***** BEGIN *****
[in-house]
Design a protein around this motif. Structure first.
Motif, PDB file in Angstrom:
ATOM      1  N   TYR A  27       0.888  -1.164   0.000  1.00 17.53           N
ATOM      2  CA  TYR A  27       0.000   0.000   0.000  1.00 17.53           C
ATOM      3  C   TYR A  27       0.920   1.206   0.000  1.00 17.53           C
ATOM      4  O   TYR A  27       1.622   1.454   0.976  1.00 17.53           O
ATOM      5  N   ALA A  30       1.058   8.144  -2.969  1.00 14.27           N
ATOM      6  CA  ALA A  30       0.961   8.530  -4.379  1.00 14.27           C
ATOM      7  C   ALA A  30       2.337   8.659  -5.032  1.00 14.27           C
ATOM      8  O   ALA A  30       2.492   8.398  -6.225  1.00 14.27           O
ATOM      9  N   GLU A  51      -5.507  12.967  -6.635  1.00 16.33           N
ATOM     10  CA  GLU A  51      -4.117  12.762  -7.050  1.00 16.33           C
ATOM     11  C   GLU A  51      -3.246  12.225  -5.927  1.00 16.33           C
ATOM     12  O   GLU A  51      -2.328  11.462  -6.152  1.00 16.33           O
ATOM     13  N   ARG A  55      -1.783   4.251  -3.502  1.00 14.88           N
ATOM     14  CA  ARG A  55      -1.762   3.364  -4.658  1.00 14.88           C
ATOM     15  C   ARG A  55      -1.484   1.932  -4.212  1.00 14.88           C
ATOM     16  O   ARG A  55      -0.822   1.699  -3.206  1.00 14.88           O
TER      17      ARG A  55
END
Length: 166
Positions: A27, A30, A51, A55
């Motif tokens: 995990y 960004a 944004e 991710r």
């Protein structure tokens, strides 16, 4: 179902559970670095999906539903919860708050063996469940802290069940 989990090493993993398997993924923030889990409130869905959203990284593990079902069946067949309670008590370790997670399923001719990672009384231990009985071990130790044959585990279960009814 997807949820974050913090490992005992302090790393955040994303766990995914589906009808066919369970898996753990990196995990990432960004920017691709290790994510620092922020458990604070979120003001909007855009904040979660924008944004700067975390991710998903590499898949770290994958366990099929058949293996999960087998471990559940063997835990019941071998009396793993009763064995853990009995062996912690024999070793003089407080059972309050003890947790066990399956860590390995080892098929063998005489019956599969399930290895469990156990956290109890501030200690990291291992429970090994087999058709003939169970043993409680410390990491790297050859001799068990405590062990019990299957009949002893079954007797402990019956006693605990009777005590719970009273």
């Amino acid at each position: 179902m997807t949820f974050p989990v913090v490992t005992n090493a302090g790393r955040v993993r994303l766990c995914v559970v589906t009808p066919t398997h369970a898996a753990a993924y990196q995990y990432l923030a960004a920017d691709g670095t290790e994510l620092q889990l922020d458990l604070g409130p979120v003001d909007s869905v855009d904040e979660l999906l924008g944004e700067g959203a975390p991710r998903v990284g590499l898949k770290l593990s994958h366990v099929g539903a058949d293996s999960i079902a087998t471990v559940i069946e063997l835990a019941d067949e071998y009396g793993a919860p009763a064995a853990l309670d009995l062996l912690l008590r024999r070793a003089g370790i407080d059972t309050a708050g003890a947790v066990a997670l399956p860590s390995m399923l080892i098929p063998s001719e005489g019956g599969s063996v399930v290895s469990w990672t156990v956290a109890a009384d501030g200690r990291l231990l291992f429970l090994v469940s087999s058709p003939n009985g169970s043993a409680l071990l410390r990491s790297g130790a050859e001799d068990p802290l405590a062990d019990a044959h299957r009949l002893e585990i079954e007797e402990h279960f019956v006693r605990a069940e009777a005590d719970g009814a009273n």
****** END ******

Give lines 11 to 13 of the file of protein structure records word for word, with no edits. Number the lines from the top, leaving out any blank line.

ATOM      8  O   ALA A  30       2.492   8.398  -6.225  1.00 14.27           O
ATOM      9  N   GLU A  51      -5.507  12.967  -6.635  1.00 16.33           N
ATOM     10  CA  GLU A  51      -4.117  12.762  -7.050  1.00 16.33           C